Jordan studied A-levels at the college before undertaking a degree in BA (Hons) English Literature and History at the University Centre West Anglia. She received the accolade of Student of the Year in her final year of study. She has since gone on to undertake teacher training and now works as an English teacher at a local secondary school. She shares with us how life has changed for her during lockdown.
“I still have a duty to provide lessons and keep educating but it is done in a very different way. We still have the school open to children of keyworkers and vulnerable children and we are operating on a rota basis. I will go in to teach some lessons to those children and then I have to ensure there are lessons and resources available on our Academy VLE (virtual learning environment). This means all my students can access the work they have to complete. If they cannot access the VLE the we have to ensure there are paper copies available that can be sent out.
I stick to the school timetable to give myself a routine. I make sure that I am on my emails between 8am-8.30am and I have to send an email to my head of department in the morning as like a check in. I then check to see if there are any emails from staff or students that I need to reply to. We also get a list of jobs to complete by our head of department and then I have my own list of jobs to complete. Currently, we are doing a huge amount of work on our curriculum so that has kept me very busy. I am also starting to think ahead to when we open and what I will be teaching so I can start lesson planning and gathering resources.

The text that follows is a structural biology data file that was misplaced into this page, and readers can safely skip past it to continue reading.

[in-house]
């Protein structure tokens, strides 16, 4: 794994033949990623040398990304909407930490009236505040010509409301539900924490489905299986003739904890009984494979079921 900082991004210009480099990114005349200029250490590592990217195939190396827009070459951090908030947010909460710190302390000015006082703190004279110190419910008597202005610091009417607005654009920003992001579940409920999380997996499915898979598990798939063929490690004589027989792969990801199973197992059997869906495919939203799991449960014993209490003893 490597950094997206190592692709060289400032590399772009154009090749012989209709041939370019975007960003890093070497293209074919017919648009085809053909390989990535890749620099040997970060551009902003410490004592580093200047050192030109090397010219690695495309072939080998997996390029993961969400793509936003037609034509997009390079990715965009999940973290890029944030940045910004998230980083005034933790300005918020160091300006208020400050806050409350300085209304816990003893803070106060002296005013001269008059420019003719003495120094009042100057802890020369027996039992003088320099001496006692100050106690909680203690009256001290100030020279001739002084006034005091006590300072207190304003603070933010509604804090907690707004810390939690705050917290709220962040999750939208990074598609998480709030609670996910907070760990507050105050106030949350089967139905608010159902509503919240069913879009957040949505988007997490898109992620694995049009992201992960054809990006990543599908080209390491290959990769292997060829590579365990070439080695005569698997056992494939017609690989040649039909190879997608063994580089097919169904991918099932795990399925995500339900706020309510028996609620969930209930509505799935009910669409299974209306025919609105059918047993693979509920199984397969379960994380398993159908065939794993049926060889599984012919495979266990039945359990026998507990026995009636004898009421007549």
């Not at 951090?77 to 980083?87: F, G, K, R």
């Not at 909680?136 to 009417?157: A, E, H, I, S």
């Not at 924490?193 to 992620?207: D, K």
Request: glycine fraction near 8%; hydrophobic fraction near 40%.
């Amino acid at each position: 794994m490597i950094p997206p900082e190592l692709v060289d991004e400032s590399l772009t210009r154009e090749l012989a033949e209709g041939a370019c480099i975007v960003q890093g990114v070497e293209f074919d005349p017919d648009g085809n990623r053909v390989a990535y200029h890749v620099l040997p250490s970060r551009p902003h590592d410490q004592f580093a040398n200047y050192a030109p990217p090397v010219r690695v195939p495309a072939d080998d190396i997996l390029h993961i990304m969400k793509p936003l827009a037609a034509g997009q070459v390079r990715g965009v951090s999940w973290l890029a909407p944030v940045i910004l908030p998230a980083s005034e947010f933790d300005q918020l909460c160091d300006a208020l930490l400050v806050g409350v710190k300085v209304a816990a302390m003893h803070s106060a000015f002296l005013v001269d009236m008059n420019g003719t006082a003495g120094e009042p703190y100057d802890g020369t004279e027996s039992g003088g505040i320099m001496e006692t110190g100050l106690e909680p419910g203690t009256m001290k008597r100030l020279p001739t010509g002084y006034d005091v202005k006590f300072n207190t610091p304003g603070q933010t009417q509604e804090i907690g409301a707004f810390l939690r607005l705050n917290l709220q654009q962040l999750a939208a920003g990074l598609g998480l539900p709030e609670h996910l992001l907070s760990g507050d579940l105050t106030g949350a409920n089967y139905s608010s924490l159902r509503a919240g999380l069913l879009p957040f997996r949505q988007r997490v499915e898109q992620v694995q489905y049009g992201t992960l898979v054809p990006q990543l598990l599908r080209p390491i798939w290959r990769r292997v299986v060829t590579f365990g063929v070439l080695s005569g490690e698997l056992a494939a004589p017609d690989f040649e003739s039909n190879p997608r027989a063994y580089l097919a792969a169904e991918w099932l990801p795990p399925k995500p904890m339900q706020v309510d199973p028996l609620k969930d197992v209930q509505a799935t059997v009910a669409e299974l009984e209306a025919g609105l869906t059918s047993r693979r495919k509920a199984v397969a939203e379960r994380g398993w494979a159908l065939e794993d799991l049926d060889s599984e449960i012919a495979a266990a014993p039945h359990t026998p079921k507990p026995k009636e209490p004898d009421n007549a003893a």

When I have been in teaching the children of keyworkers and vulnerable children, the students, alongside us, wanted to show our thanks and appreciation to the NHS and keyworkers so we created a huge board saying ‘thank you’ and filled it with loads of messages to hang outside the front of our academy.
My mum is a nurse at a local hospital, so this is a tough time for her, mentally and physically. They had a delivery of Easter Eggs but due to sickness some of her staff couldn’t receive them, so I went with her to deliver them as quite a few of her staff have children so they are all having to stay in, hopefully that made them smile. My nan finds the fact that she cannot see us and cannot go out difficult, so we, as a family, decided to get her and my grandad signed up to Zoom. We do a family quiz every Sunday which has really helped her stay more positive.
I feel the current crisis has brought out a community spirit. Every Thursday night people down my street clap for the NHS, which is lovely to see.”